Tuesday, March 31, 2009
KEEPING SUNDAY IN THE MODERN AGE
What do you do on Sunday? Do you and your family dress up in your best clothes and attend church on Sunday morning?
Do you enjoy lingering to visit with your fellow parishioners after the service?
Perhaps on nice days the grown-ups chat while the children play outside?
Do you have a big Sunday dinner with the whole family,
followed by a lovely nap, or a Sunday drive?
Perhaps you take a walk to the park and linger over a good book on a park bench.
All of the foregoing activities give honor to our Lord on His day, while giving us our much needed rest and break from the routine. Human beings were designed with a built-in requirement for intermittent rest; those who try to exercise seven days a week reap diminishing returns on their fitness, for example. And psychologically, a seven day work week will eventually unravel one's psyche; even the thought of it unravels mine!
Yes, God is so serious about us using our Sabbath to worship Him and to rest from our work routine that He made it one of the Ten Commandments! So, as Christians do we faithfully follow the Sunday admonitions, and in so doing, set ourselves apart from the World?
Or does Sunday revolve around this??
That's a bit more realistic, isn't it? I think this is so because most all the homemakers are out of the house all week at work. When I started working full-time I caught myself getting extremely irritated when a young family, friends of my oldest son, stopped by unannounced on the weekend. I had X amount of time to shop, clean, and do yard work, and I panicked at the thought of having to just STOP and entertain company! The young people had no idea that they were a huge inconvenience because in the past I had always been home, cooking, dabbling in something interesting or just relaxing (dirty word, sorry) and would be glad to have company to visit with and ply with food and drink!
Wow. What a revelation. These new, palpable feelings of annoyance and stress really upset me. So this is what life is like for the vast majority of Americans in this day and age. Living by the stop watch, under the gun, and prioritizing life to the point where it loses its soul. I decided one thing.
I don't like it and I'd rather have to go without some stuff in order to live life at a reasonable pace, with meaning and purpose. Yes, I said I would rather go without some stuff and be considered weird or lazy, and still have time to build and maintain home, relationships and family. And of course to give the Lord His due on a Sunday (and one hopes, all days). Am I a Christian or not?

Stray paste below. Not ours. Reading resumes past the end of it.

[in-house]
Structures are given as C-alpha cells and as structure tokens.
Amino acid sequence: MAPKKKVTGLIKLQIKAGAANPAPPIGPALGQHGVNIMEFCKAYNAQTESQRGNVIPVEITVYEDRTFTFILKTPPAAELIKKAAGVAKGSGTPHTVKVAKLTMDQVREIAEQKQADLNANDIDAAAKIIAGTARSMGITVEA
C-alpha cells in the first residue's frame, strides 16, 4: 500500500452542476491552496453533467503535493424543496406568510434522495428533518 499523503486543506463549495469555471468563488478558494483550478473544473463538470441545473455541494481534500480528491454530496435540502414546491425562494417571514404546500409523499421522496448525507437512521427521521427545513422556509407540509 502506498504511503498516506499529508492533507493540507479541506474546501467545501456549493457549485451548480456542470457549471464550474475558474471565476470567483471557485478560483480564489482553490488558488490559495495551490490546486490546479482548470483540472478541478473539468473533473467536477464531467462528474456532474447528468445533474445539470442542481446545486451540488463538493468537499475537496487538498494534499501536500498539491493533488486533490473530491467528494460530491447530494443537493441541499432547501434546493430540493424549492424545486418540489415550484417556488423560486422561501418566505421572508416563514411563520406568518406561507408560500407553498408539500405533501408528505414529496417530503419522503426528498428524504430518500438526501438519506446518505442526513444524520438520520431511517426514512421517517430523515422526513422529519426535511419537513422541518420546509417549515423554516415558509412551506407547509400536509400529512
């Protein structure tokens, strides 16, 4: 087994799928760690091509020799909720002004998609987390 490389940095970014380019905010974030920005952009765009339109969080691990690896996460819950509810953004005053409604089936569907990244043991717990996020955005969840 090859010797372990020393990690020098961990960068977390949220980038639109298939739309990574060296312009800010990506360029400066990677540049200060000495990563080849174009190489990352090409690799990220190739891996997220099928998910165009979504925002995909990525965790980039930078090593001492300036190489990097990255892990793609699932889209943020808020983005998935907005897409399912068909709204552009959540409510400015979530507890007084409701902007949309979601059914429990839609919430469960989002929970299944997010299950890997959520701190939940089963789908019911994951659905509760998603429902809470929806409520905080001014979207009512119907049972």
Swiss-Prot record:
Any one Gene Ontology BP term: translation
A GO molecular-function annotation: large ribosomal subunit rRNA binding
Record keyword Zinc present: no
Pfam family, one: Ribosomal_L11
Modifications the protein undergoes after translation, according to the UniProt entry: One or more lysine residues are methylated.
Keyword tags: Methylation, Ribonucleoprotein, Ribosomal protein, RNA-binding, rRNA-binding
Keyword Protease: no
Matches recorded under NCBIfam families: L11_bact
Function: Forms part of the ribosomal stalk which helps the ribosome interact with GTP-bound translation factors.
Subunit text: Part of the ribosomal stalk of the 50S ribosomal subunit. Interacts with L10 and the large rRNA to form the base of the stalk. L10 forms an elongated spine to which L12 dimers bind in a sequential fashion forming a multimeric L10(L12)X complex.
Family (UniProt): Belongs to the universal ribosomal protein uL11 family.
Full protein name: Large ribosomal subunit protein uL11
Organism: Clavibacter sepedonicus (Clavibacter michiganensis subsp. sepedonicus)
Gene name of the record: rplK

Speaking of Christians and Sundays, even we can uphold the form of things while scamming a bit. How many of us cannot wait to get through the service so we can head out to Panera's for lunch, get to the Sunday afternoon movie matinee, or otherwise engage in some kind of buying activity which requires someone else to labor on Sunday for our benefit? Or run by Walmart or the grocery store to pick up that little something that we really need that day, when if we had planned a bit better or at all we could have bought it on Saturday?
Is this being nit-picky? Legalistic? Judgmental? Condemning? After all, even Jesus rebuked the Jews for accusing Him of working on the Sabbath by healing the man with the withered hand, or disapproved of his hungry disciples plucking grains of wheat to eat as they walked through a field.
In Luke 14:15, KJV, Jesus is quoted as saying " . . . Which of you shall have an ass or an ox fallen into a pit, and will not straightway pull him out on the sabbath day?".
Well, in my own humble estimation, I think the Lord was saying we must never put the sabbath rest above doing what is good (e.g., healing, rescuing) or necessary (e., eating to keep up our health and strength). God is all about common sense. But we must not give ourselves permission to take these truths and run with them to the point that we start rationalizing ourselves right out of Sunday. Keeping Sunday sacred is the rule to which there exist a few exceptions. But it is the rule, nevertheless, and one of the TEN BIG ONES, right up there with "Thou shalt not murder".
In the next post, I hope to develop a few ideas about how we can take back Sunday as for the Lord in ways that make sense for the times in which we live.